• Press Release

Patients with AIDS at Increased Risk of Developing Age-Related Macular Degeneration

New Study Results Add to Growing Body of Research that HIV-Infected Patients May Experience Age-Related Diseases Earlier in Life

  • New York
  • (May 04, 2015)

Patients with acquired immunodeficiency syndrome (AIDS) have a four-fold increase in their risk of developing intermediate-stage age-related macular degeneration (AMD) compared to people of the same age who are not infected with HIV, according to results from the Longitudinal Study of the Ocular Complications of AIDS (LSOCA) presented today at the 2015 ARVO Annual Meeting in Denver, CO. The results of the study, led by the National Eye Institute-funded Studies of the Ocular Complications of AIDS Research Group, were also published online in the American Journal of Ophthalmology.

“With HIV and AIDS patients living longer than ever before, they are at an increased risk of developing several age-related diseases at an earlier age than HIV-uninfected people including cardiovascular disease and diabetes,” said Douglas A. Jabs, MD, MBA, Professor of Ophthalmology and Medicine at the Icahn School of Medicine at Mount Sinai, and the lead author of the new study. “Their increased risk for age-related diseases in general led us to analyze how these patients are impacted by one of the most common age-related eye diseases, macular degeneration.”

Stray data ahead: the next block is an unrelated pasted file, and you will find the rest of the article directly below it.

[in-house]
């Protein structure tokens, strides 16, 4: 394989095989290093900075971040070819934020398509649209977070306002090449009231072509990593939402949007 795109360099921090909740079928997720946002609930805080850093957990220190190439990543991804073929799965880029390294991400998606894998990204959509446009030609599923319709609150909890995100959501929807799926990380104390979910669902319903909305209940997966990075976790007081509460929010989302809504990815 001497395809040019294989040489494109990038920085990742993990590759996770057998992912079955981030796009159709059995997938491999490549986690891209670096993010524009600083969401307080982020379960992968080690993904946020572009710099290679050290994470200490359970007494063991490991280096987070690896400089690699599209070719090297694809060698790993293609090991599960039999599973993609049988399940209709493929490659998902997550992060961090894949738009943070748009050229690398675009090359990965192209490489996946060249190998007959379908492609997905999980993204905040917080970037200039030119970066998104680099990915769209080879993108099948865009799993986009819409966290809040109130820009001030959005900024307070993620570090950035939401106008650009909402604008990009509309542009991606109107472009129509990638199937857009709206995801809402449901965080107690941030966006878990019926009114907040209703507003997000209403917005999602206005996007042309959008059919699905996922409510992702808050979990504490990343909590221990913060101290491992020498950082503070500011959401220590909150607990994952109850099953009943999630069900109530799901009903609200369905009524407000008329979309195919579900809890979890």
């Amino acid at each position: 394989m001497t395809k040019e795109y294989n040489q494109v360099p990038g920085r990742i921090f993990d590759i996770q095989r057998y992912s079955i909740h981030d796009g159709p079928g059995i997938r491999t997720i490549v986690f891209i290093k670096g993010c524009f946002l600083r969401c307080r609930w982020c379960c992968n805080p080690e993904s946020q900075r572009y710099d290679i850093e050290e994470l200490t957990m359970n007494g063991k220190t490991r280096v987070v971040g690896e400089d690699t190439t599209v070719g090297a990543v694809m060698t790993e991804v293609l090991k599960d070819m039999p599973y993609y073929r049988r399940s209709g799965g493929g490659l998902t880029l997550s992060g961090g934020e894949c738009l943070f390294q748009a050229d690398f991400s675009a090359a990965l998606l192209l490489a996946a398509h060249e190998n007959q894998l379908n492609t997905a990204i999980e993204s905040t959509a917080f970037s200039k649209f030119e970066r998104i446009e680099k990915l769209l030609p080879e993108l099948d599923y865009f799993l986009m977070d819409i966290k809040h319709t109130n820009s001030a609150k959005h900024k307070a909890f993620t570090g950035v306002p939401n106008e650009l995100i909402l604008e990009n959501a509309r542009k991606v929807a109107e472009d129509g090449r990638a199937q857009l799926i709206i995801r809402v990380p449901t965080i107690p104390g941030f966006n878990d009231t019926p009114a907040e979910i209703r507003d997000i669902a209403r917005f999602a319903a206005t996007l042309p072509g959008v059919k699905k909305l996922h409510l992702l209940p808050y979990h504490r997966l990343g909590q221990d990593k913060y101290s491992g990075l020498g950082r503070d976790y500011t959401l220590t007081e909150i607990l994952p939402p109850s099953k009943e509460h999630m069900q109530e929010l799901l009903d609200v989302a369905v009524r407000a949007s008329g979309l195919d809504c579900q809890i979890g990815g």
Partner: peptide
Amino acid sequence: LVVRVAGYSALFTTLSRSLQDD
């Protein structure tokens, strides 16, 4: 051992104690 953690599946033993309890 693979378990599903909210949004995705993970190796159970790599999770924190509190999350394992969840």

AMD is the leading cause of visual impairment and blindness in people over 65 years old and is the result of damage to the central area of the retina called the macula, which is responsible for good central vision. AMD is described in stages – early, intermediate, and late – with vision loss occurring in late-stage AMD, either from atrophy or abnormal new blood vessels. HIV-uninfected persons with intermediate-stage AMD are at an increased risk of progressing to late-stage AMD, but typically do not have loss of vision from the AMD.   

To determine how AIDS may contribute to AMD, Dr. Jabs and colleagues enrolled 1,825 patients ages 13-73 years with AIDS at 19 sites in United States between 1998 – 2011. The investigators graded  retinal photographs for AMD and compared participants in the LSOCA cohort to published data on an HIV-uninfected, age-matched population from the Beaver Dam Offspring Study, which also graded retinal photographs for AMD features. The results showed that the prevalence of intermediate-stage AMD in patients with AIDS was nearly 10 percent and, when adjusted for any age differences, was approximately four-fold greater than that in the Beaver Dam Study.  

The researchers also determined that the increased prevalence of AMD in the LSOCA cohort was not related to any drug or class of drugs used to treat HIV infection. Rather they point out that antiretroviral-treated, immune-restored, HIV-infected patients do not have normal immune systems; instead and on average they have immunologic changes similar to those seen in patients who are not infected who are older than 70 years of age, a phenomenon termed “immunosenescence.”